The mad season of protests

The mad season of protests

MASERU – ALL is not well in Lesotho.
The country has been besmirched by protest marches that are marked by violent clashes between protesters and the authorities.
Now even children are taking to the streets, smashing cars, destroying buildings and killing animals.

In the past three weeks, teachers have gone on strike, textile workers are vigorously pushing for a wage hike and children have caused havoc at schools.
Protests by students at Mapoteng and Ribaneng High schools resulted in school property being destroyed.
The stone throwing students were protesting against the refusal by striking teachers to teach.

This comes after the three teachers unions the Lesotho Teachers’ Trade Union (LTTU), Lesotho Association of Teachers (LAT) and the Lesotho Principals Association (LESPA) went on a go slow to press for a salary increment and improved working conditions.

Police spokesperson Superintendent Mpiti Mopeli said students in Ribaneng went on strike on Thursday last week.
The students who were throwing stones destroyed the staff room and some classrooms.
“Twenty-six students were arrested on the same day and then later released to their parents because they are minors,” Superintendent Mopeli said.
Superintendent Mopeli said police are conducting further investigations.

He said in Mapoteng students destroyed school furniture, computers and then slaughtered the school’s cow without permission.
He said the last time he checked no arrests had been made.

The Mapoteng students also marched to the nearby Dahon High School and destroyed property.
He appealed to people who want to embark on protests to avoid violence.
The LTTU, LAT and LESPA issued a joint statement saying they were aware of the incidents that occurred at Ribaneng, Mapoteng and Dahon High schools.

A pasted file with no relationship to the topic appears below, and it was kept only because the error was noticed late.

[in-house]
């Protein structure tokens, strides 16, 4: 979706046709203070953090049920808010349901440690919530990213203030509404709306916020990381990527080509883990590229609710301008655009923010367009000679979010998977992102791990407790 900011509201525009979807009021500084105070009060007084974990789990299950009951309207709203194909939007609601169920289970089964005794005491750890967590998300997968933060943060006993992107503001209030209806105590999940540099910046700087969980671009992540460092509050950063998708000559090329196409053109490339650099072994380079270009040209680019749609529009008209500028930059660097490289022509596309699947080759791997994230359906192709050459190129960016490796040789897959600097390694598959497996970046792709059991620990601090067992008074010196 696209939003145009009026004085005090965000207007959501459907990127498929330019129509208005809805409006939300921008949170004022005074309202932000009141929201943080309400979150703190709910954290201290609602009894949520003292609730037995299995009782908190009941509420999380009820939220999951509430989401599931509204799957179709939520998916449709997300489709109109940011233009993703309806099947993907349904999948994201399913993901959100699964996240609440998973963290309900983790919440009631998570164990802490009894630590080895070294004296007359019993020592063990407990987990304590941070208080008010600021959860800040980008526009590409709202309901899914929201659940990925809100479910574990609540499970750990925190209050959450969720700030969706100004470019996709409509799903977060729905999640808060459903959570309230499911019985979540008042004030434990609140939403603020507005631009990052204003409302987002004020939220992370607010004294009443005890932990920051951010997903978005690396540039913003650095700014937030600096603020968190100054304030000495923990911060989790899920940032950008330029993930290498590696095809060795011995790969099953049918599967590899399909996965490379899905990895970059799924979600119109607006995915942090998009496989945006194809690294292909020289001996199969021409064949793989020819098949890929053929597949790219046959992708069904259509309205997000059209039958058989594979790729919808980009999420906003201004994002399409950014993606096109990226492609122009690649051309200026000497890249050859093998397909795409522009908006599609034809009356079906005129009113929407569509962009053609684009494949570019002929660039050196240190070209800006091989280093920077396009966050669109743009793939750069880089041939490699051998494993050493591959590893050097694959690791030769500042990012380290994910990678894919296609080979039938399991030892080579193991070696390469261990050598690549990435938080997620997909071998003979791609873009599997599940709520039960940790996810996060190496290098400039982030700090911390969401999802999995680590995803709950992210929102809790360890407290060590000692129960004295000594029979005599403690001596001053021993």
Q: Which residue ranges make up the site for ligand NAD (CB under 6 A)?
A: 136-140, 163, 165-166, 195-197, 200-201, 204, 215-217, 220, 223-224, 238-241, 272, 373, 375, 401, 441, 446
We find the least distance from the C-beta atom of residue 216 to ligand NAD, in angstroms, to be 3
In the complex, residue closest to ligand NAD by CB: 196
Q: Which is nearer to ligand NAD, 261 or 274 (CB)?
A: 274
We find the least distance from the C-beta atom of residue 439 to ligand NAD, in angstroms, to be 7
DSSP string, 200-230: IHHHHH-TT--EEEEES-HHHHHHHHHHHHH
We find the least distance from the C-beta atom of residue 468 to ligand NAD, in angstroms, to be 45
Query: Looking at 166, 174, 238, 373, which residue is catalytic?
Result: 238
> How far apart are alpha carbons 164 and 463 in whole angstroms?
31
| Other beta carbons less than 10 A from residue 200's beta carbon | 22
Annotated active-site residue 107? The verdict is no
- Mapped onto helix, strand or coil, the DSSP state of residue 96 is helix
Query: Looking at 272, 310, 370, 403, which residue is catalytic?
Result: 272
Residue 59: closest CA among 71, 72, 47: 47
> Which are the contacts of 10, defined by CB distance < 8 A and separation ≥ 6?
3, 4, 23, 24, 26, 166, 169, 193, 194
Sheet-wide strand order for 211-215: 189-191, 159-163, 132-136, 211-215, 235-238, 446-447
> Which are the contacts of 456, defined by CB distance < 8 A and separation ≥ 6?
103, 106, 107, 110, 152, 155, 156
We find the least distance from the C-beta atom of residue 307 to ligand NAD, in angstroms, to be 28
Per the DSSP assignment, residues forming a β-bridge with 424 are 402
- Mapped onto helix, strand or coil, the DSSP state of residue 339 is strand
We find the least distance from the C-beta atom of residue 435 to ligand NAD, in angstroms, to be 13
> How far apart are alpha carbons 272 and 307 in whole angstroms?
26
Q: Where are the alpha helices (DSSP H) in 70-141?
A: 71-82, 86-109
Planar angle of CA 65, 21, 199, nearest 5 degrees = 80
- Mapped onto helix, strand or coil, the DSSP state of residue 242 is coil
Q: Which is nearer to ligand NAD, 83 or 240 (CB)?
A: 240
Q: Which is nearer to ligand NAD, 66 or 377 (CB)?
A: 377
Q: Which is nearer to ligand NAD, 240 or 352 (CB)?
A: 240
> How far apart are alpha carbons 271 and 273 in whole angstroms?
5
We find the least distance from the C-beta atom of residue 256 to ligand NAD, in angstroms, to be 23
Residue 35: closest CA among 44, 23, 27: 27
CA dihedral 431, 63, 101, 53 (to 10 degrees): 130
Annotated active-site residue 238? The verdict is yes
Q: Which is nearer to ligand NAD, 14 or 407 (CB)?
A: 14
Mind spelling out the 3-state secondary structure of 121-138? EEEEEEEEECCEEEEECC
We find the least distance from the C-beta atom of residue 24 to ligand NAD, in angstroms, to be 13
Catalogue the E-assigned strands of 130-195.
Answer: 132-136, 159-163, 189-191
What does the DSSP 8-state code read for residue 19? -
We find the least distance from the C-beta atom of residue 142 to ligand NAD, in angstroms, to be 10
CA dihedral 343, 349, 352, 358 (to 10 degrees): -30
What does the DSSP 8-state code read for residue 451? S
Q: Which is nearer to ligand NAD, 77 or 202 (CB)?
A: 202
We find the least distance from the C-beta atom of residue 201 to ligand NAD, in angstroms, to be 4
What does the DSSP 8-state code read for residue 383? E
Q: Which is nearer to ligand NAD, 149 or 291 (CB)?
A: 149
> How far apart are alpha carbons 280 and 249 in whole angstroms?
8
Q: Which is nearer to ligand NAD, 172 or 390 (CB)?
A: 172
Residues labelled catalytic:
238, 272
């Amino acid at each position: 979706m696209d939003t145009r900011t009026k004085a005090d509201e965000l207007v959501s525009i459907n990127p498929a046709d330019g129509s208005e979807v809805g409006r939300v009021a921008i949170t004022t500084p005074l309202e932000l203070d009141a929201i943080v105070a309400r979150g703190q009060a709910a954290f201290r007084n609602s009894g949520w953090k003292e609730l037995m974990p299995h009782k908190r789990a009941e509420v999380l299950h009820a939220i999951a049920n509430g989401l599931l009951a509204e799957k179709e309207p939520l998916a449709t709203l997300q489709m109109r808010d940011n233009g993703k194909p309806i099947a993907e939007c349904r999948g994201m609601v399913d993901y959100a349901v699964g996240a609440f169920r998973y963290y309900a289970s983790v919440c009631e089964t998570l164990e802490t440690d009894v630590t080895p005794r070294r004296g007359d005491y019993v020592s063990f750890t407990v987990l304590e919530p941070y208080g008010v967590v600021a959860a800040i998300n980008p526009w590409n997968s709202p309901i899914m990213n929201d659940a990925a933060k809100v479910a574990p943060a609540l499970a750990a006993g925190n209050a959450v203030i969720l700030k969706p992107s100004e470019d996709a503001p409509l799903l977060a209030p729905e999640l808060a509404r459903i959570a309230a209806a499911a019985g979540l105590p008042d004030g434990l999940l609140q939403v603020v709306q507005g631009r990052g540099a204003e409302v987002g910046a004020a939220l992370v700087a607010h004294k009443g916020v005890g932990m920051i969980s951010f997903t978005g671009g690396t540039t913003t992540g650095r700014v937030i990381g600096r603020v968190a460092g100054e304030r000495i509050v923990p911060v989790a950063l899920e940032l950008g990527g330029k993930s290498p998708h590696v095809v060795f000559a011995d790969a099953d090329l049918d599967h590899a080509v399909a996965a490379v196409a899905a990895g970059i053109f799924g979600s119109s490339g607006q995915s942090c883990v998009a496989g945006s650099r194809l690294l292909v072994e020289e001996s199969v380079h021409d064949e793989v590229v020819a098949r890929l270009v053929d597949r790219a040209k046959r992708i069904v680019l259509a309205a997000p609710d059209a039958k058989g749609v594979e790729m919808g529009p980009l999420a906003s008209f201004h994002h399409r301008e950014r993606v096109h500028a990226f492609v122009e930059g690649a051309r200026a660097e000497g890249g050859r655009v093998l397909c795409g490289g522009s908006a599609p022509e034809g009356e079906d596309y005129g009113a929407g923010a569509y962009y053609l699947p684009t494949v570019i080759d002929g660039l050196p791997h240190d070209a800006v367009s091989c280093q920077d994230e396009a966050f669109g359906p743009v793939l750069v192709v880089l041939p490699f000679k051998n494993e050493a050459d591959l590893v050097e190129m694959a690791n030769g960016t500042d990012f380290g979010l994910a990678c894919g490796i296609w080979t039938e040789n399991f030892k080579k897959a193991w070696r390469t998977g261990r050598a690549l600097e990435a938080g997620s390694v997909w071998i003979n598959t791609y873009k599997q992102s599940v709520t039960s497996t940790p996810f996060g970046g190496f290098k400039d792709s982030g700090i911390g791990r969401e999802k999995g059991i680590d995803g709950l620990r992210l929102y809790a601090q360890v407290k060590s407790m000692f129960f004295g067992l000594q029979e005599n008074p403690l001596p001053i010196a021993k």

The unions condemned the violent incidents.

They also pleaded with the Minister of Education Professor Ntoi Rapapa to “avoid statements that will add petrol to the flames”.
Teachers resolved to go on a month-long nationwide strike with effect from August 2 and vowed to continue with the action until the government responds to their demands.
They want the government to pay them salary arrears on their performance-based contracts dating back to 2009.
They also want the government to pay salaries that are commensurate with their academic and professional qualifications as well as weed out ghost workers from the
payroll.

One of their demands is that Minister Rapapa should fire the Chief Executive Officer of the Teaching Service Department, ’Maselloane Sehlabi, whom they accuse of maladministration and being a stumbling block in the negotiations between them and the government.
Rapapa told them that their strike was illegal.

He however said that the government was doing everything in its power to address the teachers’ grievances and a ministerial task team was formed to address their concerns.
“We have started working on their grievances and in the past two months we have spent M18.8 million to pay the 582 teachers who were owed by the government,” Rapapa said.
The ministerial task team is made up of Labour Minister Keketso Rantšo, Home Affairs Minister Tsukutlane Au, Finance Minister Moeketsi Majoro, Prof. Ntoi Rapapa and Law Minister Lebohang Hlaele.

LAT chairperson Letsatsi Ntsibolane said teachers will not be intimidated.
“We will engage in different forms of strike and the longevity will be determined by the minister’s delays in addressing our issues,” Ntsibolane said.
In the textile industry, workers have been on strike, which first started on August 9.

Last week their strike became violent as several buildings and cars were damaged when some striking workers tried to force other colleagues to join them in the action.
The angry workers said they had just heard that their employers, through their Textile Employers Association, had filed a court case opposing the government’s decision to increase minimum wage to M2 000 from the current M1 200. The cabinet reached a decision earlier this month that the workers should be paid no less than M2 000 per month. Labour Minister Rantšo was yet to publish the gazette effecting the decision.

Staff Reporter

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